Rounding out our top four is Amazon Pay. Not as ubiquitous as Google or Apple Pay, but still a contender that is worth looking at, especially if you conduct business internationally. Any Amazon account holder can seamlessly checkout on your website simply by clicking the button and logging in to their account. Any payment processed by Amazon via this method is covered by Amazon’s “A to Z Guarantee”.
As a business, you’ll also know that your customer is a legitimate buyer as their account is verified by Amazon and their fraud protection services. It means fewer headaches for you overall.
On a personal note, I frequently encounter Amazon Pay when purchasing products from overseas, and it offers excellent integration, security and peace of mind that a normal credit card transaction does not. Amazon Pay charges the standard 2.9% $0.30 per U.S. based transaction.
Acquired by JP Morgan Chase in late 2017, WePay processes payments and integrates with many existing systems businesses are using. The major benefit of WePay is that you’re able to get access to same day deposits (Chase account required) and seamlessly integrate your payment information into the systems you’re already using.
With just a few quick lines of code that nearly anyone can add, you can begin accepting payments immediately. Depending on your needs you can also hand the backend over to Chase and let them do all the work of handling your payments while you retain control over the overall design of the payment area.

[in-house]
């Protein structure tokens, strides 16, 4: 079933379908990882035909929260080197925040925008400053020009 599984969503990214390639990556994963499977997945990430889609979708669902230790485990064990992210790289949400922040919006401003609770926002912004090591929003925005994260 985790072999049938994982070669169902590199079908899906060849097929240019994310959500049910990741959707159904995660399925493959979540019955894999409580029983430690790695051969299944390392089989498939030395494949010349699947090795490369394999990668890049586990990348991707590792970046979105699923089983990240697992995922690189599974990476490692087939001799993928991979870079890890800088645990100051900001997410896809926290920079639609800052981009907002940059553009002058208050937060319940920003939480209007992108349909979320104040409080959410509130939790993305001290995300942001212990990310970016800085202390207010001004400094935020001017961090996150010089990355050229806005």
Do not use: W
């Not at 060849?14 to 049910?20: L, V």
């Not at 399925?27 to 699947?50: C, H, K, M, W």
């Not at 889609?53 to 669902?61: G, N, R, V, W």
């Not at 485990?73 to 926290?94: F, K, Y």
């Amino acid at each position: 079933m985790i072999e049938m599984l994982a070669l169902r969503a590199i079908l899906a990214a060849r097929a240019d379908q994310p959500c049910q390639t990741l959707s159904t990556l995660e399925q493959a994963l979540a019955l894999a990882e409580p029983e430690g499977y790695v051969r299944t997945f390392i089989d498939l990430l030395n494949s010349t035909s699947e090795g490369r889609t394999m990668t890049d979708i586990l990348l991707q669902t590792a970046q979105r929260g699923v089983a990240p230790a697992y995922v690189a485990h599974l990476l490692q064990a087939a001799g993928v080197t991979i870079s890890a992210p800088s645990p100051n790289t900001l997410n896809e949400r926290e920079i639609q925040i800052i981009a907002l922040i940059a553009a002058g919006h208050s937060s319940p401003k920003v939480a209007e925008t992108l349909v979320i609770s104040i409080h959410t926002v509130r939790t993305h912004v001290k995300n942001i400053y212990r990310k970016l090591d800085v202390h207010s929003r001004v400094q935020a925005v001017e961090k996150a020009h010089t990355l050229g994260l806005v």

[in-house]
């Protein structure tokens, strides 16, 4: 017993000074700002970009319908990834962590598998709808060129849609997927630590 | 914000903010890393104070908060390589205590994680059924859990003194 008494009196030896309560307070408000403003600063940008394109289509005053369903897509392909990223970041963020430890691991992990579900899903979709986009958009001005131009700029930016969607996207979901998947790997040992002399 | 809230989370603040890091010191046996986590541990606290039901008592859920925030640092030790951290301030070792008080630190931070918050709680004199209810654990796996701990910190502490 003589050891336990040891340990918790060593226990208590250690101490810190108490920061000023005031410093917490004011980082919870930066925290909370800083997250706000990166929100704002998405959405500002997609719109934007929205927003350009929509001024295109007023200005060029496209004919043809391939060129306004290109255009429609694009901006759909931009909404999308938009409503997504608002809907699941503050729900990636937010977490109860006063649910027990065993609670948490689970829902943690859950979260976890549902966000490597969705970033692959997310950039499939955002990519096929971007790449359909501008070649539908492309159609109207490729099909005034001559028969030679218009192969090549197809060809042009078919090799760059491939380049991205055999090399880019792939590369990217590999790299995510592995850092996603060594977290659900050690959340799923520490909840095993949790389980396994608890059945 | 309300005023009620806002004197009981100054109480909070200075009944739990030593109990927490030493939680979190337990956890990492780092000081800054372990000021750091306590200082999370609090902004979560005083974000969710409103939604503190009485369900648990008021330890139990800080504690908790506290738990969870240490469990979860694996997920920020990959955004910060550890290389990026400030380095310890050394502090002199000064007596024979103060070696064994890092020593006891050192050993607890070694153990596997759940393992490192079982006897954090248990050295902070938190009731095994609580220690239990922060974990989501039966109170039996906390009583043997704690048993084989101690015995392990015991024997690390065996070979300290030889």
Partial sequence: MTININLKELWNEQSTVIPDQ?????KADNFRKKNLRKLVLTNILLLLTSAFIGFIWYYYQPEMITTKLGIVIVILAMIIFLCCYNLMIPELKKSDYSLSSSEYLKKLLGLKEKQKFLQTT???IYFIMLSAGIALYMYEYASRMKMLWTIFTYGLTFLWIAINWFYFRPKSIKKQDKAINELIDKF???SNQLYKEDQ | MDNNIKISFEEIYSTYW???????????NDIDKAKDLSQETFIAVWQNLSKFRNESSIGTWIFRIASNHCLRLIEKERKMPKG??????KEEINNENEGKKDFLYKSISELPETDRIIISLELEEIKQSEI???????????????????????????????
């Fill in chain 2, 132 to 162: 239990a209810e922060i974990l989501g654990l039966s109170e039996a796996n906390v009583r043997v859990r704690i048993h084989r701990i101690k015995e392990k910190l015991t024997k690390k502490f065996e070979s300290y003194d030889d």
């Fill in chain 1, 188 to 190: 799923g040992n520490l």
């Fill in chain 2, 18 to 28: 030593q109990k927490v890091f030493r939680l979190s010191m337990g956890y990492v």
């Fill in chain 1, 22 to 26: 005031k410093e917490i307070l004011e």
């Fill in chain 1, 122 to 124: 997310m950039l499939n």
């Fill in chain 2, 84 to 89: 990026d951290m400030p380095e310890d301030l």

An exact breakdown of their charges requires contacting their sales team.
A full-service ecommerce platform that is trusted by big names such as Adobe, but specializes in localized payment processing to achieve more conversions. FastSpring estimates that by using them you’ll reduce cart abandonment and see an increase in revenue.
They support a wide variety of payment methods, over 20 currencies and nearly 20 languages, so you can rely on them to be your main payment processor. You’re able to create branded checkout areas, create and manage subscription services and integrate with other services seamlessly.
One of the major benefits to FastSpring is that if the first transaction fails for any reason, it will automatically redirect to a participating bank and try the transaction again, rather than cancelling it outright due to something like a server error. This will help reduce cart abandonment and frustration with your website, even if it isn’t your fault.
FastSpring has higher fees than the others listed above, which knocks it into the bottom four, but it is a full ecommerce solution. 8.9% flat fee per transaction or a variable model that adds a fee based on 5.9% of the total transaction + $0.95.
If you’re already selling on Shopify then this is really the provider for you and if you’re looking to create a new store then the seamless integration provided by Shopify and Shopify Payments is attractive. Setup is one click and requires no third-party integrations, so it doesn’t get any easier than that to accept payments.
It is a secure and trusted service that boasts hundreds of thousands of businesses as users, and it uses all major payment methods and currencies.
The downside to this seamless integration is the cost – 29/mo + 2.9% + $0.30 per transaction which may price out a lot of new businesses.
The main appeal to Wise is that they provide a real-time currency exchange rate, and you can receive money without any fees. This makes them about 4x cheaper than most international business merchant processors.
Wise is best for businesses that process a considerable percentage of their transactions in or from foreign currencies. If you’re a small business using PayPal with international receipts of $200 or less, Wise is not for you.
The new Wise.com doesn’t charge a setup fee (TransferWise did), and costs are transparent. You can learn more on their pricing page.